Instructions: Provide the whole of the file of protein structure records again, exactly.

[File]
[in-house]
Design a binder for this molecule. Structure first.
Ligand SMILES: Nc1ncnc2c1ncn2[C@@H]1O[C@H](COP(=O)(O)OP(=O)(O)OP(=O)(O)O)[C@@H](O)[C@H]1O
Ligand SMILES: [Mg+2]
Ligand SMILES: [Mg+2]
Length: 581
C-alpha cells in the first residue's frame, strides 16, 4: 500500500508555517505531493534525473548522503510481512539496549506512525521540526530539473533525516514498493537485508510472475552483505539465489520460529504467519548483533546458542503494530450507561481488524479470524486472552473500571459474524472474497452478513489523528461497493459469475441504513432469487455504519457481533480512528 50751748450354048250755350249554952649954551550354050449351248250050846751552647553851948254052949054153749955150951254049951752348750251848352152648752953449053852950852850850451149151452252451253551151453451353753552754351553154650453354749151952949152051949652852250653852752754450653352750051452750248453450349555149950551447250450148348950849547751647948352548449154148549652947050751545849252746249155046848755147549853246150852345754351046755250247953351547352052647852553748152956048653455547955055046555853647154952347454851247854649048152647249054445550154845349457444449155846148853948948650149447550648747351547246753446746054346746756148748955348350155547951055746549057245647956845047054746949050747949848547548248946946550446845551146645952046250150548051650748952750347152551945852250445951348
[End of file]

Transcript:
[in-house]
Design a binder for this molecule. Structure first.
Ligand SMILES: Nc1ncnc2c1ncn2[C@@H]1O[C@H](COP(=O)(O)OP(=O)(O)OP(=O)(O)O)[C@@H](O)[C@H]1O
Ligand SMILES: [Mg+2]
Ligand SMILES: [Mg+2]
Length: 581
C-alpha cells in the first residue's frame, strides 16, 4: 500500500508555517505531493534525473548522503510481512539496549506512525521540526530539473533525516514498493537485508510472475552483505539465489520460529504467519548483533546458542503494530450507561481488524479470524486472552473500571459474524472474497452478513489523528461497493459469475441504513432469487455504519457481533480512528 50751748450354048250755350249554952649954551550354050449351248250050846751552647553851948254052949054153749955150951254049951752348750251848352152648752953449053852950852850850451149151452252451253551151453451353753552754351553154650453354749151952949152051949652852250653852752754450653352750051452750248453450349555149950551447250450148348950849547751647948352548449154148549652947050751545849252746249155046848755147549853246150852345754351046755250247953351547352052647852553748152956048653455547955055046555853647154952347454851247854649048152647249054445550154845349457444449155846148853948948650149447550648747351547246753446746054346746756148748955348350155547951055746549057245647956845047054746949050747949848547548248946946550446845551146645952046250150548051650748952750347152551945852250445951348